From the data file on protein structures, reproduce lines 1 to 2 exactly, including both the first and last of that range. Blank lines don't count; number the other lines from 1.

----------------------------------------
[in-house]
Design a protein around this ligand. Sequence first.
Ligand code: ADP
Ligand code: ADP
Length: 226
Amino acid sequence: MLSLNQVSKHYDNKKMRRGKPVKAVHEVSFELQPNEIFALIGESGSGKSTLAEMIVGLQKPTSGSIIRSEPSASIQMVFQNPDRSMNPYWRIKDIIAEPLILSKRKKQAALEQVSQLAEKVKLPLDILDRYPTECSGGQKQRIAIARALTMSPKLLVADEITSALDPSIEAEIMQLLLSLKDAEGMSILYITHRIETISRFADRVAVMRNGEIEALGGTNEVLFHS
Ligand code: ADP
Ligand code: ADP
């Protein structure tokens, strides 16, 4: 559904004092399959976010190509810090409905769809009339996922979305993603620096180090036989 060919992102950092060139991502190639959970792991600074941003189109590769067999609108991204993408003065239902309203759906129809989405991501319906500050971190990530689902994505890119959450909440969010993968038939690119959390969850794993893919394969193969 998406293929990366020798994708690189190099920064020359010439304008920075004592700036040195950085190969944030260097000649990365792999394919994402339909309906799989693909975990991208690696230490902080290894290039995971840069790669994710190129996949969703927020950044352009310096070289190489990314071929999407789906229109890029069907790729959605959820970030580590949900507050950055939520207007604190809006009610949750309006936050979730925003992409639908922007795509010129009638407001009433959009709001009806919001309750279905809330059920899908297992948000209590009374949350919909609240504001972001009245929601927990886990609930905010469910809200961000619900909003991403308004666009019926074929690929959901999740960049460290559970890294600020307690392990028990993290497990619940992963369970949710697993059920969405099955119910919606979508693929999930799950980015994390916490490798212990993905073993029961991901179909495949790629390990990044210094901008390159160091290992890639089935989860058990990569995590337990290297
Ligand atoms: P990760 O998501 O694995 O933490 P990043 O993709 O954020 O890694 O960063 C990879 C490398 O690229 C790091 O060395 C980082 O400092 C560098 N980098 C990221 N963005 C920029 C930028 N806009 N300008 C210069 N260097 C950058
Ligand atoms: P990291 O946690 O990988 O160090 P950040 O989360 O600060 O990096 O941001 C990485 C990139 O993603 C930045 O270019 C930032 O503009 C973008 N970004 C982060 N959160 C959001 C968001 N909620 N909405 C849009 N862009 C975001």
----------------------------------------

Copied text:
[in-house]
Design a protein around this ligand. Sequence first.